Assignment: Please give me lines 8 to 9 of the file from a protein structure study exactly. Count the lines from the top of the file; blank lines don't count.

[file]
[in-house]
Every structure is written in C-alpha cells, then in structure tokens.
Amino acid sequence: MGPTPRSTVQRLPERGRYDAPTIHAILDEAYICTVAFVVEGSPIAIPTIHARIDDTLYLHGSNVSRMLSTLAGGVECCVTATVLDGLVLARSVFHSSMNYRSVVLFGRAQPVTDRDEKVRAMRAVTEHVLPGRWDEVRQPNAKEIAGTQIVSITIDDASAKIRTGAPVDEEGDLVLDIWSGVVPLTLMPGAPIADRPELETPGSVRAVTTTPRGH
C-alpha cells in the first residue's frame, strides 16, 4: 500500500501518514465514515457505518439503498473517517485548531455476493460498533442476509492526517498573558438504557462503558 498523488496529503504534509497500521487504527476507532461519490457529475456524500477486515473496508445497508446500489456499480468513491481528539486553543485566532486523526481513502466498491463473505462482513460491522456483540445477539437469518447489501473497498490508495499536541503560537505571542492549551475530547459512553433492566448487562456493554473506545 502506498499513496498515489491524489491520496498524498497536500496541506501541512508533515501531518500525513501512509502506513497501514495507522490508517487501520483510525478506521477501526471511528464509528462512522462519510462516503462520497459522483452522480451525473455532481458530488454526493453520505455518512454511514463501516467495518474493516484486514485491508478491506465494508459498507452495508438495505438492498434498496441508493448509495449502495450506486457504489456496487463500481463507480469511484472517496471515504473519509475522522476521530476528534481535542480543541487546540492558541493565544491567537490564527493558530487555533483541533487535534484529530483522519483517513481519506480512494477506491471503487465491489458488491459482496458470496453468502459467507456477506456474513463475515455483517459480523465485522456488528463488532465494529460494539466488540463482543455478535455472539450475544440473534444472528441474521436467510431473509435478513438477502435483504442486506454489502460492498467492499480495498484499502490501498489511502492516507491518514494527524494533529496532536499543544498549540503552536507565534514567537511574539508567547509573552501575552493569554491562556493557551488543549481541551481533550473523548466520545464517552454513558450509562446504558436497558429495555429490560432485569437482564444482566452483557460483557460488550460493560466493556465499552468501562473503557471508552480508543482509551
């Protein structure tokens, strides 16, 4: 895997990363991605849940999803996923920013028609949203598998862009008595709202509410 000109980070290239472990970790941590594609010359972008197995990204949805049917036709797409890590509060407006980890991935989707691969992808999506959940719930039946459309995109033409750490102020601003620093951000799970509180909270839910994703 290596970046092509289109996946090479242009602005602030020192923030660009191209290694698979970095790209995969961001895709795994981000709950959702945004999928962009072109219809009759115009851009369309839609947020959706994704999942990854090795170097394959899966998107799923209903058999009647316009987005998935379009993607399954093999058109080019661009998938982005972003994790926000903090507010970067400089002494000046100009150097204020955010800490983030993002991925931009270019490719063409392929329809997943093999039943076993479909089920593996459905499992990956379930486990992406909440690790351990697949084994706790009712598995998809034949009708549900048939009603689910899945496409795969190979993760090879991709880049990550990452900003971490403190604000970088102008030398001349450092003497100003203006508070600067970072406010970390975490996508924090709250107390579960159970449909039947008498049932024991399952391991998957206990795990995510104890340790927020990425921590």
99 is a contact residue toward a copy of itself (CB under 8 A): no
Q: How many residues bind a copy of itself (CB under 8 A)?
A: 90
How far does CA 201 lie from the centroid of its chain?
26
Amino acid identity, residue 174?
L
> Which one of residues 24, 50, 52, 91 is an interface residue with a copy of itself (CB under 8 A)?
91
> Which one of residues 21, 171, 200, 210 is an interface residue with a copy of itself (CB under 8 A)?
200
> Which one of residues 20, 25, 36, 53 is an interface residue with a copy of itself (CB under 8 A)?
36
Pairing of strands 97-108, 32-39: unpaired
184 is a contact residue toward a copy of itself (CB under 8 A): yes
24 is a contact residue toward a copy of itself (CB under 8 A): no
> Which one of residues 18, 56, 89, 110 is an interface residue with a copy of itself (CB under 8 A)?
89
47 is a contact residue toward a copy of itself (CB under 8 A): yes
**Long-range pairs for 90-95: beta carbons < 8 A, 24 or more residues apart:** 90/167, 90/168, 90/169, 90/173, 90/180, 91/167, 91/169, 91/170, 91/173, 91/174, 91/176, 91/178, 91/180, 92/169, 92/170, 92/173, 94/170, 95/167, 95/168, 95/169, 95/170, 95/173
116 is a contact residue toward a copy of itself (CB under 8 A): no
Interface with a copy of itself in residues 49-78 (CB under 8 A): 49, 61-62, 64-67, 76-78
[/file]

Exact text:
A: 90
How far does CA 201 lie from the centroid of its chain?